In July 2020, I re-read an old zine piece I wrote at Strange Haven as part of an exhibition called Signs. This piece, titled Home, was what I called an expression of “post-teenage angst” about the disconnections and connections I’ve felt as a migrant. Part of it ended up on a lightbox sign on K Road, where I lamented that my home was multiple places with borders defined by the arbitrary bureaucracy of colonial powers.

As I re-read the piece, I realised that years ago I was thinking of belonging very differently. When I was writing it, I assumed I was attempting to assert belonging here in Aotearoa; but when I look back, I think it was more of an attempt to express the fluiding of identity, and home as a multiplicitous notion.

As time goes on, I think I’ve become more and more comfortable with not feeling like I capital B Belong in any one place. I’ve come to accept that my identity shifts and changes yearly, daily, hourly. It changes depending on who I’m talking to and how I feel that day. It’s ok that on some days being an Aucklander is an opposition to being Malaysian and on others being Malaysian and Punjabi are additive, while on yet others still all three are mutually exclusive categories. Understanding my identity through water in a flowing way tethers me to my ancestry and life through all its untethered fluidity.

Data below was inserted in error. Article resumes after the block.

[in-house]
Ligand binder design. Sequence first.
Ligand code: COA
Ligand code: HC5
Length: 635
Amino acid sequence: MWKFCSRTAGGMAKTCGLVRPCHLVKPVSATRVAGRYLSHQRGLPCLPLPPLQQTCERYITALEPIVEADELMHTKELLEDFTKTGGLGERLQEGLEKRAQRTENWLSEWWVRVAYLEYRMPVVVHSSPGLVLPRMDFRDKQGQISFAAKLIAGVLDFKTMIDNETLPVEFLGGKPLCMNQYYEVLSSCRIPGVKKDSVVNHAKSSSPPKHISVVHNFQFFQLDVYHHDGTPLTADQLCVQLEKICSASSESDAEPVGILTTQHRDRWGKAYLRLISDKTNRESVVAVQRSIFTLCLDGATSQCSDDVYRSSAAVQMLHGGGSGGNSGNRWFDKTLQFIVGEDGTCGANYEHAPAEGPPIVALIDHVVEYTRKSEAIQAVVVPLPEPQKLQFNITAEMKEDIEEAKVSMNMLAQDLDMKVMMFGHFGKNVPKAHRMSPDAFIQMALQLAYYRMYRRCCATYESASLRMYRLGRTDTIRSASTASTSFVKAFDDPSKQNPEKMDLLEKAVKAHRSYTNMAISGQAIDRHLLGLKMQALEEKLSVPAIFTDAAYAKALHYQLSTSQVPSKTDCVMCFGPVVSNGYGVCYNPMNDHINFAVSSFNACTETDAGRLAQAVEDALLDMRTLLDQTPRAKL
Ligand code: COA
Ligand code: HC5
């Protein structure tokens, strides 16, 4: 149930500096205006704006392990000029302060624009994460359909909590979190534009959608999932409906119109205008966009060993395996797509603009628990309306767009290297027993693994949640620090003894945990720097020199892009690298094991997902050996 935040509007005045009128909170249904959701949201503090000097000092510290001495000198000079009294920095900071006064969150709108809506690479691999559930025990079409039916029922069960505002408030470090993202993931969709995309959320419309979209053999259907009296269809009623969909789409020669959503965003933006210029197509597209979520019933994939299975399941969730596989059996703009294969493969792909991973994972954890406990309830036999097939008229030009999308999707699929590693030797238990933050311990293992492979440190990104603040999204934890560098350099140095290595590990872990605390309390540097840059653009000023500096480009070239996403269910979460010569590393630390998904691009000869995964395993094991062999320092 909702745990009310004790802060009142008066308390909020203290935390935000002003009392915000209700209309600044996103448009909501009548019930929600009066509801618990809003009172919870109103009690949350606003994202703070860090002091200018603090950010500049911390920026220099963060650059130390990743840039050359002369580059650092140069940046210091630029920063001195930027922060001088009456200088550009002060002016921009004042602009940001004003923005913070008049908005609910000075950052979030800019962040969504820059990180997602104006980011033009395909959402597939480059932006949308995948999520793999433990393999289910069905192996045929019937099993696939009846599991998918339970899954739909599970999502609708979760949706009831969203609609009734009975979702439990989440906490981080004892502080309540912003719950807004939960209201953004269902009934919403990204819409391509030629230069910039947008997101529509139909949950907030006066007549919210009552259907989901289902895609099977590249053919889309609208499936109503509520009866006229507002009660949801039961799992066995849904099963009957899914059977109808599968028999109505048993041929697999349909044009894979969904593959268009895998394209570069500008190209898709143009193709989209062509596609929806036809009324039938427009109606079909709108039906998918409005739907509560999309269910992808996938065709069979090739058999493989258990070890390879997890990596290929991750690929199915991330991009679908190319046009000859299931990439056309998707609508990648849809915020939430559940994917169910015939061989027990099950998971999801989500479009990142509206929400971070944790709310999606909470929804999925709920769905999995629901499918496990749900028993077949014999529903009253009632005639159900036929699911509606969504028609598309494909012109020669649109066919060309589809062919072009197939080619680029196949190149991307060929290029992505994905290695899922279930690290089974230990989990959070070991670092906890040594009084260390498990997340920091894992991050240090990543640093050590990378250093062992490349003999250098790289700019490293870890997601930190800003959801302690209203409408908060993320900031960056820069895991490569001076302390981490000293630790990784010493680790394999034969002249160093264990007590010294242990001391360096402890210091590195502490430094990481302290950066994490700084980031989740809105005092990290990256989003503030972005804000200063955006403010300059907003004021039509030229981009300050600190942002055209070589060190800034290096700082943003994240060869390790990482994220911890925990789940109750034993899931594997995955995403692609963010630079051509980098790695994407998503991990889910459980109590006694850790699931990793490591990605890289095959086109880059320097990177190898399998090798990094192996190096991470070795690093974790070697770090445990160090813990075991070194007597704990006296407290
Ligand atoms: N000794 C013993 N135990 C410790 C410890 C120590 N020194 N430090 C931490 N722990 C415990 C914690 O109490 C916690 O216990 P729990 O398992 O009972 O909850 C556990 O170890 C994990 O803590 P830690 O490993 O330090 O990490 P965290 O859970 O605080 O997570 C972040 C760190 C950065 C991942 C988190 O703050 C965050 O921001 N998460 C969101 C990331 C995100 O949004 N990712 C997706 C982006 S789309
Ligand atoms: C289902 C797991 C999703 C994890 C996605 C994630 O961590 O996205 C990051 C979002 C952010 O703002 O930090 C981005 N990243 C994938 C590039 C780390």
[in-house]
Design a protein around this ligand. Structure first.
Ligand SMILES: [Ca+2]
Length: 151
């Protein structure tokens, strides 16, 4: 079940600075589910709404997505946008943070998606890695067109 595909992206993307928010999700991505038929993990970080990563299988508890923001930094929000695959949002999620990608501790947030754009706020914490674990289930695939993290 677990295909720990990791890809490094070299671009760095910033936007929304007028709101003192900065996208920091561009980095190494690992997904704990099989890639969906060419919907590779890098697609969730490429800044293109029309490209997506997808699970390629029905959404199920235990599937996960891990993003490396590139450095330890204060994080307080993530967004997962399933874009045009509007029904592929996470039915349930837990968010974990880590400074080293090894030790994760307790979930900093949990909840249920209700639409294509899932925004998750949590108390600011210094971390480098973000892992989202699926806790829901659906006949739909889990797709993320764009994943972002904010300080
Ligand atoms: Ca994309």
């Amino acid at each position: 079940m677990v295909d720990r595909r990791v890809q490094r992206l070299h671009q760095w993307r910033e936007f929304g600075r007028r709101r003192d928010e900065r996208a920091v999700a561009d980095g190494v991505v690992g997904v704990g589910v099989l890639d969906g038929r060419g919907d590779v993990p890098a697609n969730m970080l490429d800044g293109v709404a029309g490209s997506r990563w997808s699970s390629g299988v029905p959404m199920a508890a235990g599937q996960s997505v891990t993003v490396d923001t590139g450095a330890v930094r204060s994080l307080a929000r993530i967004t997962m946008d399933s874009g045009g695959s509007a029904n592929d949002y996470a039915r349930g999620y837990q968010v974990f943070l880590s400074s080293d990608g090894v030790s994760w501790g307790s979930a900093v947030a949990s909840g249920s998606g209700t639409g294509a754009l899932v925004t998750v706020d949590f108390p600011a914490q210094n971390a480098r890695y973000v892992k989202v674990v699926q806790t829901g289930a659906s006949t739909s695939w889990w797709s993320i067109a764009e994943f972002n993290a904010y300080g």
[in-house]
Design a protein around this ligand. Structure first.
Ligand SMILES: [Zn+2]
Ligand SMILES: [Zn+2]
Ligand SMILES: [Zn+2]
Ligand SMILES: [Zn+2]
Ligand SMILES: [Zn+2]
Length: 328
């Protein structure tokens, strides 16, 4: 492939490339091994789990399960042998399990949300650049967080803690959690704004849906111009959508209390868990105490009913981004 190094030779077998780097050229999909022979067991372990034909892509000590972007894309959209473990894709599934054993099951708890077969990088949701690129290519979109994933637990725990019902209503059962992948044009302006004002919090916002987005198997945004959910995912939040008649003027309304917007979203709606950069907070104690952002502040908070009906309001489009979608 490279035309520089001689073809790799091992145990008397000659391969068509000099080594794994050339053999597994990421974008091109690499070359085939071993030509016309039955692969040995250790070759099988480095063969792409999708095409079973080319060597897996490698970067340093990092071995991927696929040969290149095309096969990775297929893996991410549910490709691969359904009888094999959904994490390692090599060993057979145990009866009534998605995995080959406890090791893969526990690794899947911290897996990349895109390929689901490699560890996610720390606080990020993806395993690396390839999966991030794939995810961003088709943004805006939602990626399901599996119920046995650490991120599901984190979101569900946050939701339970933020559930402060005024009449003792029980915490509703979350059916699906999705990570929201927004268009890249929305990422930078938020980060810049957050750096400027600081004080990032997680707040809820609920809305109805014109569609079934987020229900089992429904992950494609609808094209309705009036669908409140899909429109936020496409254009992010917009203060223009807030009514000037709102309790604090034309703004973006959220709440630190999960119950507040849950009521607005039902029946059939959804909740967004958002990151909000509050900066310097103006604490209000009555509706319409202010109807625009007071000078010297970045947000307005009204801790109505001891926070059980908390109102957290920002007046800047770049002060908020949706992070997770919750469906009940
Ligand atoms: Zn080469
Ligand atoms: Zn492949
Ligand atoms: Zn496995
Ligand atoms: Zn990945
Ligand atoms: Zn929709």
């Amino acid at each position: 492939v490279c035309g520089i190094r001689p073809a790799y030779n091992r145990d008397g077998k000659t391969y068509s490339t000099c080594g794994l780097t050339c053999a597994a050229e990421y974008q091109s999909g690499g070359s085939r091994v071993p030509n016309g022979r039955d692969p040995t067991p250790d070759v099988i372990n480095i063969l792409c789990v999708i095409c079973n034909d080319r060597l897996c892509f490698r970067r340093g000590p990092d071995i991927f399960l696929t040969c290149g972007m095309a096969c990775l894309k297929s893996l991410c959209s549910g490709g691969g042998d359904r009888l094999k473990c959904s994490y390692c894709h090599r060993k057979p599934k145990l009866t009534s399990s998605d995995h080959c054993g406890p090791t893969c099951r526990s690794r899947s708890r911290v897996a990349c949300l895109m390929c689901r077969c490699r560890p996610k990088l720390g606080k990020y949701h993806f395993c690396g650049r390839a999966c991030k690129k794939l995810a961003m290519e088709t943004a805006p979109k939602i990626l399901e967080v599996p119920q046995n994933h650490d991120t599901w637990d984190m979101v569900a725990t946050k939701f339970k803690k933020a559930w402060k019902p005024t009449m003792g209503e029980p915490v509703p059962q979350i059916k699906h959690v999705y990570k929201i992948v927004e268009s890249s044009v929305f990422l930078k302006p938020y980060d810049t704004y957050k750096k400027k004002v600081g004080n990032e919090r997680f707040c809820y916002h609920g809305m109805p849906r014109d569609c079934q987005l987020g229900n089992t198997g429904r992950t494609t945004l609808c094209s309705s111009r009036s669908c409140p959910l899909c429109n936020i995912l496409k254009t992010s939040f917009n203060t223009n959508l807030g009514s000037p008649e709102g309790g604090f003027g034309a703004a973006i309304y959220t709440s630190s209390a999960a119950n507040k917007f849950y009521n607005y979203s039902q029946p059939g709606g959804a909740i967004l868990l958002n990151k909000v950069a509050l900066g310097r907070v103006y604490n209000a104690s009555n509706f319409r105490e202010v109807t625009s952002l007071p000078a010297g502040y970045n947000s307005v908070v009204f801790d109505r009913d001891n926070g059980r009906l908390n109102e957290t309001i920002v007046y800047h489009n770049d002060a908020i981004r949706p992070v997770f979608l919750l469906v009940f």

1    Tanira Kingi, “Māori landownership and land management in New Zealand,” Making land work. Volume two: Case studies on customary land and development in the Pacific (Canberra: Australian Agency for International Development, 2008), 129–152.

2    “Tohunga Suppression Act,” Te Ara: The Encyclopedia of New Zealand, accessed 3 March 2021.

3    Translates to “people of the land,” referring to Māori, who have historical claims to the land of Aotearoa.

4    For more information, see Shannon Haunui-Thompson, “Why Ihumātao is being occupied by ‘protectors’,” The New Zealand Herald, 24 July 2019.

5    Translates to “customs.”

6    Whakapapa is defined by Ngāti Rārua Ātiawa as “our family history and...our genealogy, and it’s knowing who we are and where we’re from. As the core of mātauranga Māori (Māori knowledge), our whakapapa provides us with identity and history, and connects us with our tūpuna [ancestors] and the whenua [land].” For more information, see “Whakapapa: Knowing who you are and where you belong,” Ngāti Rārua Ātiawa Iwi Trust, 15 February 2019.